Ben Lee interviews Ray Hill – a grassroots activist challenging extremism one conversation at a time.

My research looks at grassroots efforts to counter violent extremism: who is doing it, how, and what motivates them. As part of this research, I sat down with Ray Hill to talk about the work he does with young people.

Ray isn’t part of any government or civil society programme. He’s 77, retired and works independently. In the 1960s Ray was an active member of the far-right British Movement, but towards the end of the decade, he moved to South Africa. His politics changed after seeing apartheid first hand and, on his return to the UK, he worked as a mole inside the UK far-right for the anti-fascist organisation, Searchlight. He broke cover spectacularly in 1984, telling all in a Channel 4 documentary.

Ray works with young people (16–25) in his local area, directly approaching and engaging them to try and limit far-right influence. He is proud of the work he does speaking to youth groups and religious organisations about the far-right, but those kids aren’t the ones he sees as vulnerable. Rather, Ray describes a local scene of young men (and less frequently women), unemployed or in ‘dead-end’ jobs, ‘universally poorly educated’ and involved in low-level criminality.

When I ask Ray about the opinions he encounters, he gives a typical example:

‘My Dad and my Granddad, and sometimes even my great Granddad, fought for this country and these bastards are giving it away… to people from all over the fucking world. Just giving it away. Nicked it, it’s mine.’

I ask Ray about the likelihood of the young people he works with joining formal political organisations.

I don’t go out my way to praise the BNP, but they did keep them in some sort of check

‘What’s happened, UKIP has syphoned off… the respectable right, leaving this indisciplined often violent and often youthful section, and they, the one time they had their home in the BNP. And don’t misunderstand me, I don’t go out my way to praise the BNP, but they did keep them in some sort of check. Not anymore. They join little groups now, little local groups with a loose affiliation with a similar group in a nearby town. But that’s it. No organised structural, sort of political activity.’

Expanding on this argument, Ray describes some of the young people in his area as being drawn into more violent activities:

‘When you talk about terrorism, which is the extreme wing of what we’re talking about, where does it start? I know youngsters whose favourite occupation is walking around an indoor market…with a fag, and there’s a pile of crew neck jumpers on some Indian’s stall and they shove the fag in the middle of them. It’s terrorism. It’s nascent terrorism.’

When I ask Ray how he challenges the attitudes he encounters, he says it comes down to making a good impression and talking the talk. He describes initiating conversations at non-league football games:

‘All I do is simply strike up a conversation and I’m not bad at that, and wait for some remark being made about a coloured player.’

As I try to get a better idea of the conversations he has with young people, he remembers a decisive incident from his days gold-mining in South Africa that he likes to tell people:

‘The roof came down on me and I was trapped, several thousand feet underground, not a pleasant experience … I got pulled out by a Zulu boy. He came down at massive risk to himself… And the Yorkshire lad, who I thought was a personal friend of mine, did a runner.’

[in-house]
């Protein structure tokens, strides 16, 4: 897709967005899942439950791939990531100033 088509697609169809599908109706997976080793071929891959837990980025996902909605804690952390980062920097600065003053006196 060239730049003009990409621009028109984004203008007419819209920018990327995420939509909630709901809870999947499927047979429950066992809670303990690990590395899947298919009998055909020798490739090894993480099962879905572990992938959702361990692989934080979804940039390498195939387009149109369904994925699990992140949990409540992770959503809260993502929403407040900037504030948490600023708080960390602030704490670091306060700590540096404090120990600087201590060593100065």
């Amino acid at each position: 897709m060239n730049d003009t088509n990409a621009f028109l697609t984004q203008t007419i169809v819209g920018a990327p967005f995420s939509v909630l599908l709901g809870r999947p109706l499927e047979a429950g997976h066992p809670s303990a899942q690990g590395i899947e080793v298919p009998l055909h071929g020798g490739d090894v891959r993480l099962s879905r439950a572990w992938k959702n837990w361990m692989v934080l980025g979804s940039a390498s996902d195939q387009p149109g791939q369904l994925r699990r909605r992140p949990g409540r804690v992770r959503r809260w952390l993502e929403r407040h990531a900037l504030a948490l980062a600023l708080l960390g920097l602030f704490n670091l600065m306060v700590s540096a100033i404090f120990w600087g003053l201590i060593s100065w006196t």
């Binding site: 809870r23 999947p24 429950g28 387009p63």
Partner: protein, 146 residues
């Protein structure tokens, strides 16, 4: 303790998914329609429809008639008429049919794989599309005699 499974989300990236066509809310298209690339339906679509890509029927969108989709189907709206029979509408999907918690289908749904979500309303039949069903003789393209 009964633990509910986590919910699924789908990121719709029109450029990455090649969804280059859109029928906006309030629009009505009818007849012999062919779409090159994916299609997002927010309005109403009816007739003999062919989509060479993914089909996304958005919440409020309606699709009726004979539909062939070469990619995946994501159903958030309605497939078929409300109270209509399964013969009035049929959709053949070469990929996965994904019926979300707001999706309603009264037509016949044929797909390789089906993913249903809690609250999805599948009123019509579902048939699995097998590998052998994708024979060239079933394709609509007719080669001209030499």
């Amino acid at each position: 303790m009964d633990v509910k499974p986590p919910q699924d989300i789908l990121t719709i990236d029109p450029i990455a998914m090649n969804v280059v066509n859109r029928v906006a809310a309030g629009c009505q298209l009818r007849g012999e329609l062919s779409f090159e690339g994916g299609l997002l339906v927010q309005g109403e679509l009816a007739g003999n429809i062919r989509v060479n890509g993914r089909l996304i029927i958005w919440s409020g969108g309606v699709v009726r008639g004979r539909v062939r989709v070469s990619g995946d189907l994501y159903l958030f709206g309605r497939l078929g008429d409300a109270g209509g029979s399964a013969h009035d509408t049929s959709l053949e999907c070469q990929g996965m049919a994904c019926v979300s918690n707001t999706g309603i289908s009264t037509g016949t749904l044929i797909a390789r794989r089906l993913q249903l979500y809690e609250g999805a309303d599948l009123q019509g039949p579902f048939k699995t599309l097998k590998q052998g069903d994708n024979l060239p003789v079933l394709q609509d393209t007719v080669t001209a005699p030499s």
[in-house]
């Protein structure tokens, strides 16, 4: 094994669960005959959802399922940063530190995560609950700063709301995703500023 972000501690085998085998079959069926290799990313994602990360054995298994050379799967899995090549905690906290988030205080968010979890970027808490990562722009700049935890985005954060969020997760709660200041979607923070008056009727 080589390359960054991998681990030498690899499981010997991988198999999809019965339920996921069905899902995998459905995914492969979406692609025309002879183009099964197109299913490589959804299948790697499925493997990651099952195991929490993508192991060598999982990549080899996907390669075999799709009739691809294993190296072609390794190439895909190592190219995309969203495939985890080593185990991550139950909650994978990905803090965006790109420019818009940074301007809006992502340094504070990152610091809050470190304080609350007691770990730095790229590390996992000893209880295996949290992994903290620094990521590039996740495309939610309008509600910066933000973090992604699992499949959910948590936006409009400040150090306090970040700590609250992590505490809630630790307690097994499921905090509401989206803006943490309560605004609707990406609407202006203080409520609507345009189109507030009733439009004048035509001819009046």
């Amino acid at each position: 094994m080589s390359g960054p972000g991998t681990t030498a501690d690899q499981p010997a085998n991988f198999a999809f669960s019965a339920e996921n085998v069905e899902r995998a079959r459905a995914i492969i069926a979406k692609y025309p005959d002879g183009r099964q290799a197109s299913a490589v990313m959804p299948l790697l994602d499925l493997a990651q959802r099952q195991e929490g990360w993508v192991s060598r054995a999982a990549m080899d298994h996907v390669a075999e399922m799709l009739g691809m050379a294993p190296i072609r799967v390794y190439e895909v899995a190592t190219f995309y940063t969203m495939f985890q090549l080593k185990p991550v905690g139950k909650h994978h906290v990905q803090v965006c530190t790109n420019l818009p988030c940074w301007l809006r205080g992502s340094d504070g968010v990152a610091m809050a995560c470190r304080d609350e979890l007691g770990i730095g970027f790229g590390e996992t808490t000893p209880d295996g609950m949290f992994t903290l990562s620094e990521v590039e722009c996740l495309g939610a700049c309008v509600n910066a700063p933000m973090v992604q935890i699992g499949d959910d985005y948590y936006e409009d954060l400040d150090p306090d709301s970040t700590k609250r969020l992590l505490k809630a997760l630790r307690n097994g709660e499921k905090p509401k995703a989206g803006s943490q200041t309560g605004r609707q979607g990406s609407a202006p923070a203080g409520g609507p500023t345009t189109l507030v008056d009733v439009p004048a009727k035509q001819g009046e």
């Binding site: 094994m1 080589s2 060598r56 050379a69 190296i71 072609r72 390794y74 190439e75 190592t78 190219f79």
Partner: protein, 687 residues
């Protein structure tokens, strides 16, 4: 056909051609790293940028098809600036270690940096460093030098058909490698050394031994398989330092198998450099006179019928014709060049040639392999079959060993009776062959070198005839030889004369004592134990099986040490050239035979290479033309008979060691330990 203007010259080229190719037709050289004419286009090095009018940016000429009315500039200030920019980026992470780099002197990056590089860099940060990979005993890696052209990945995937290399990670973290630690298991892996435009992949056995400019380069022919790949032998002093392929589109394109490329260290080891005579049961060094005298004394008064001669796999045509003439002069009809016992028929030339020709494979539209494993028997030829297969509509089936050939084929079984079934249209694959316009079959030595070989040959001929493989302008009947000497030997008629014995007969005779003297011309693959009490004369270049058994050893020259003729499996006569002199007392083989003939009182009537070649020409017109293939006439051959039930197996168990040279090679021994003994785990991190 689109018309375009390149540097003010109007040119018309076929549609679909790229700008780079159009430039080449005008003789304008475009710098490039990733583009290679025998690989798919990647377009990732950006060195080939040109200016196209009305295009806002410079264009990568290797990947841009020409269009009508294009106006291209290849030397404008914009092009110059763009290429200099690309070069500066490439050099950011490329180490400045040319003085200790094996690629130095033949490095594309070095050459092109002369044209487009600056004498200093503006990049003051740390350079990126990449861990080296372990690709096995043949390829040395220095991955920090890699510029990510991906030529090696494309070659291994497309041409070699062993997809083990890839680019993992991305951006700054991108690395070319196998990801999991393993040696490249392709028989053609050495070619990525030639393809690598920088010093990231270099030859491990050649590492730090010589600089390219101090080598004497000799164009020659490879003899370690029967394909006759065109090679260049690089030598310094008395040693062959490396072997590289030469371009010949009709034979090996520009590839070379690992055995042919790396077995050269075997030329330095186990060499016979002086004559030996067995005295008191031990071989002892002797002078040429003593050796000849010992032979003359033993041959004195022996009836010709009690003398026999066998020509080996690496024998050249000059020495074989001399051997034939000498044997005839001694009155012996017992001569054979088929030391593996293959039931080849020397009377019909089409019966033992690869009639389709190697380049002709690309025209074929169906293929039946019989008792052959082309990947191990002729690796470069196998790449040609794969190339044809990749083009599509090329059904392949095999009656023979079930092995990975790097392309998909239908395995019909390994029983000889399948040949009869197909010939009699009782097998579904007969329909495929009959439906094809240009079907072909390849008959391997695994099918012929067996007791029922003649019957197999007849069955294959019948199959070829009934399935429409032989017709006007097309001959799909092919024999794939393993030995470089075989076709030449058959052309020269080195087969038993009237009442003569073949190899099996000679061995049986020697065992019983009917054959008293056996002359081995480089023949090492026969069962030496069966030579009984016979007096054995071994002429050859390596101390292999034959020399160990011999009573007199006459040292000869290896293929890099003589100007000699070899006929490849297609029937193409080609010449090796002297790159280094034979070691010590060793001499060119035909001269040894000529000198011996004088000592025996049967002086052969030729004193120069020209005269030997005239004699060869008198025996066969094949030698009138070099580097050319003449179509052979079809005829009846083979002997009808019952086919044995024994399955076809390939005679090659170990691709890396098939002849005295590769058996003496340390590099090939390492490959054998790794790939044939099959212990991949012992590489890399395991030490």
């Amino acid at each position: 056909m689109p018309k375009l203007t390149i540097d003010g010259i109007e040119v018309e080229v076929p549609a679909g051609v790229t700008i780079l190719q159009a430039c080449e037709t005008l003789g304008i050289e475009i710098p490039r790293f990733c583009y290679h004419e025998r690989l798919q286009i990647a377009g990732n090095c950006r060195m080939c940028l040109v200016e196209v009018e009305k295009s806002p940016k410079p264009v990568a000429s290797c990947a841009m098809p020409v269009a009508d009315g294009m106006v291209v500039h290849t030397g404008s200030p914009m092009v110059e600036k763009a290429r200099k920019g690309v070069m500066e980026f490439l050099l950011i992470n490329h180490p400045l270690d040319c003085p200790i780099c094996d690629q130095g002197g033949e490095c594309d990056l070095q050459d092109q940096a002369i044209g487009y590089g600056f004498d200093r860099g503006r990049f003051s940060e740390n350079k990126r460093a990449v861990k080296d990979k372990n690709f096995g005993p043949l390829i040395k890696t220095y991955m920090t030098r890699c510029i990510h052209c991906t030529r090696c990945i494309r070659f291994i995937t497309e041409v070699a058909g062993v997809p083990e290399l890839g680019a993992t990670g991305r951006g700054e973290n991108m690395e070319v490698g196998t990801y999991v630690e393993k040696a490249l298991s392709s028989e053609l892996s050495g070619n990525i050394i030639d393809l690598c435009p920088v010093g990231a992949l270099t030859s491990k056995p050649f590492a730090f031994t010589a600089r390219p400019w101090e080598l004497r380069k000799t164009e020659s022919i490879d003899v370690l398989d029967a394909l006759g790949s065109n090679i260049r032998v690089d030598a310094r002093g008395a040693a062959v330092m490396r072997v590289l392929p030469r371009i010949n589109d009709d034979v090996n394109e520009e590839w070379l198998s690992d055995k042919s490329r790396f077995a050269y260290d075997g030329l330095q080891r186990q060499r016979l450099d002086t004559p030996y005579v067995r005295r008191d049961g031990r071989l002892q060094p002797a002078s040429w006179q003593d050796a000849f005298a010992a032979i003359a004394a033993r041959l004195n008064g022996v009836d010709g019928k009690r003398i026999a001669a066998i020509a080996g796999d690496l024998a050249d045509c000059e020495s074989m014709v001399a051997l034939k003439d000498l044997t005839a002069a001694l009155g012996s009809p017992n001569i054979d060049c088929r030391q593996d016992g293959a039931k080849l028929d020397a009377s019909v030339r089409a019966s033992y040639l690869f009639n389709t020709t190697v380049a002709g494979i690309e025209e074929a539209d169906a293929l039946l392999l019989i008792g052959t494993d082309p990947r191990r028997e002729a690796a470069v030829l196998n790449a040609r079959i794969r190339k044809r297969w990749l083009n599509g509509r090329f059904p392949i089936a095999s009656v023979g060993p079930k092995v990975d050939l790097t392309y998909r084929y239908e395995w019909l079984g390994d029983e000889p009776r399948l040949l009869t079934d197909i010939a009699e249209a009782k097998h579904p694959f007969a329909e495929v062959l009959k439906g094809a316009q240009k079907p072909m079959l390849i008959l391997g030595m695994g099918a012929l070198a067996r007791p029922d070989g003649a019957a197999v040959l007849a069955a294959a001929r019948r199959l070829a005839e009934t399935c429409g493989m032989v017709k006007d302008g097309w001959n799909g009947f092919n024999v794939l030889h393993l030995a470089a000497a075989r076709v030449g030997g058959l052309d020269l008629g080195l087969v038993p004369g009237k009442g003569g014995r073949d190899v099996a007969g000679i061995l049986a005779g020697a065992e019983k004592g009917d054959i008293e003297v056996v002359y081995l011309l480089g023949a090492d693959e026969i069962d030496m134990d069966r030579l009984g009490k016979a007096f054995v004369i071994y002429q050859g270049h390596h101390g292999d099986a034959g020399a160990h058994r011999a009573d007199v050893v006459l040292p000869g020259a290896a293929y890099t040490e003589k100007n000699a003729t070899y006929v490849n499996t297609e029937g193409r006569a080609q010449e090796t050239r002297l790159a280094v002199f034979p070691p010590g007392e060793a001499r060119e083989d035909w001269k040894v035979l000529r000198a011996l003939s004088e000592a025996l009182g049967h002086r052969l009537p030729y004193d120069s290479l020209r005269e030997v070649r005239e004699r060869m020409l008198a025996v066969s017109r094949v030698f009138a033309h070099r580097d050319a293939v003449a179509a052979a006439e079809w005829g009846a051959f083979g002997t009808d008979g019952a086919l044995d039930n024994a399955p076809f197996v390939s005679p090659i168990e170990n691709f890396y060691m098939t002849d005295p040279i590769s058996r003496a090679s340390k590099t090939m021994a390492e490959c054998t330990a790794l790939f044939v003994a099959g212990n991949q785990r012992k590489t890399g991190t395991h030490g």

I'm not in any organisation, I don’t have any rules, I just do it off the top of my head, the way it strikes me. I see an in and I jump in

Ray gives the impression that his work would be a good deal harder if he was tied to an official programme or organisation.

‘I’m not in any organisation. I don’t have any rules. I just do it off the top of my head, the way it strikes me. I see an in and I jump in.’

His lack of establishment credentials, as he sees it, are a good fit for the disaffection of those he tries to talk to. But I’m keen to get a better idea of what Ray thinks of more formal approaches to countering violent extremism.

‘I have grave doubts about it  because let’s face it, extremism depends on where you’re standing. Some of the terminology is fucking mad. Radicalisation, what you mean like the peasant’s revolt?’

Ray doesn’t think that his kind of background is often represented in official programmes. Although he sees these as ‘well-intentioned and may do some good’, he doubts that those involved could connect with the types of people and places he engages with. So, what drives him on?

I’m 77 years old now. I do this purely out of conviction

‘I’m 77 years old now. I do this purely out of conviction. There’s no financial inducement, I’m as poor as a fucking church mouse, I’m driving a 12-year-old car … I just go out and do it because it’s become my raison d’etre, you know, it’s why I’m here.’

This is not de-radicalisation or counter-messaging as we generally think of it. Ray makes no bones about his lack of government or NGO support. Equally, it is difficult to imagine a narrative as oppositional as Ray’s finding much traction in official circles. Nevertheless, his work is a good illustration of how extremism is being countered outside government and formal CVE programmes.

I conclude by asking Ray how his background as an active member of the far-right relates to his motivation to dissuade young people from following the same path. I ask him directly if he is trying to atone. In response, he says:

 ‘I think I’ve done fascism more harm than I ever did it good.’